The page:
Earle believes "Explorers and scientists are still little kids who never grew up. They keep asking, 'who, why, what?'" Growing up with the Gulf of Mexico in her backyard, she said she became hooked on critters, as most kids are. "I became a marine biologist because the oceans are where most of the action is."

She is passionate about igniting public support to take care of the oceans, "the blue heart of the planet." Later, she warned "Don't any of your ever eat tuna fish again. We're too good at killing them. We need to save our sharks and our tunas to save ourselves."

Shortly afterwards the conference adjourned for a catered lunch that included - oops - tuna fish sandwiches.

* Polar explorer Felicity Aston recounted her solo crossing of Antarctica in November 2011. "Human beings are social animals that like to be surrounded by our own tribe." She recalled the moment when she was dropped off by plane on the frozen continent, "This was a whole new league of aloneness - no birds, no wildlife, no seals. There is no life whatsoever in this landscape but me.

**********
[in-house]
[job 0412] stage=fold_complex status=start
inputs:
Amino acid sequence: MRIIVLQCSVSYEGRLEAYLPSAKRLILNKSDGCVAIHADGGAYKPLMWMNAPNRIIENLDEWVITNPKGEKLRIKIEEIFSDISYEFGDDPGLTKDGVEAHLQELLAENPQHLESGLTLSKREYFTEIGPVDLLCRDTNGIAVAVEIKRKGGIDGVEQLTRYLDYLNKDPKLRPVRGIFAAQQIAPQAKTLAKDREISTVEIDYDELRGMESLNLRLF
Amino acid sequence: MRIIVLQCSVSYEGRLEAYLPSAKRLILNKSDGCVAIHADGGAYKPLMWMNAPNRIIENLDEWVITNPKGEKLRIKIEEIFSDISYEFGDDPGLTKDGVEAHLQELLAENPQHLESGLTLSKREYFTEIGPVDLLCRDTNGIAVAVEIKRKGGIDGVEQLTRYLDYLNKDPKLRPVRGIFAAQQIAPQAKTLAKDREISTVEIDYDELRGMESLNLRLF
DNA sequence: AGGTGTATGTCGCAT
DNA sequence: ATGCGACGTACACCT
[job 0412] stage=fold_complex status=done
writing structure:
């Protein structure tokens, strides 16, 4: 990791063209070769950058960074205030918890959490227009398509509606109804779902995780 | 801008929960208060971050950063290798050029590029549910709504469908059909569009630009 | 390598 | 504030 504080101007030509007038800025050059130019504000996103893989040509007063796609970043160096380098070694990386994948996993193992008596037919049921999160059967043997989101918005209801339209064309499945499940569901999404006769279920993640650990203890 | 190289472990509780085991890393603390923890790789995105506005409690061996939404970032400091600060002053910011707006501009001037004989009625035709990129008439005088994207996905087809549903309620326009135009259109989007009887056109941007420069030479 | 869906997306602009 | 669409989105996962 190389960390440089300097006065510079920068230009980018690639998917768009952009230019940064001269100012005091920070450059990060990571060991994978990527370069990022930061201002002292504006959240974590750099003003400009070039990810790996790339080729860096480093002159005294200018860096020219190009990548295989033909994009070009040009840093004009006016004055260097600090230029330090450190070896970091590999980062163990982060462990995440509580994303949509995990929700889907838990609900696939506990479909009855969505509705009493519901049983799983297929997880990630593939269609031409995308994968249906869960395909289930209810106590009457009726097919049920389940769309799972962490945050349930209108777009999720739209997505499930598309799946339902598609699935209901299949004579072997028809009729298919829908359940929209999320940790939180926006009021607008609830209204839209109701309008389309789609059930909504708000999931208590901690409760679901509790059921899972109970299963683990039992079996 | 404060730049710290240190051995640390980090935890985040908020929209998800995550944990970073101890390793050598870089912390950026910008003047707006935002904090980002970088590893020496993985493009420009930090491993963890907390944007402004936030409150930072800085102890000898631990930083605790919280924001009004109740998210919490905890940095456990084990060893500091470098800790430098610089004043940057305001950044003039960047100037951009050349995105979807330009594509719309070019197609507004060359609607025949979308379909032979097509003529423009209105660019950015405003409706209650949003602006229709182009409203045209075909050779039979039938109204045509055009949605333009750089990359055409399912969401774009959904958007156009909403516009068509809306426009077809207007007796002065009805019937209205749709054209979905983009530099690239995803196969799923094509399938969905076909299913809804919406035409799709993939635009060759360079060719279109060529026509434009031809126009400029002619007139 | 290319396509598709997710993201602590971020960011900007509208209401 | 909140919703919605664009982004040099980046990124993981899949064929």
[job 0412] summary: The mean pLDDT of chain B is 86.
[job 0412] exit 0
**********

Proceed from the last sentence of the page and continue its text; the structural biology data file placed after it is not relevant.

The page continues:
"My hands were shaking - I realized this is what it feels like to be petrified - a degree of isolation I never experienced before. I sat down and cried."

To pass time she listened to Agatha Christie murder mysteries on her mp3 player which scrambled the chapters. "I learned who the murderer was immediately," she joked.

* Anna Cummins, executive director and co-founder of 5 Gyres Institute, is dedicated to ending plastic pollution. She talked about exploring what she calls, "our synthetic sea." She said over 663 species during one study were affected by plastic debris through ingestion or entanglement. She passed around a jar full of plastic debris found in the ocean that was so disgusting and nauseating, we could begin to taste our tuna fish sandwich from lunch.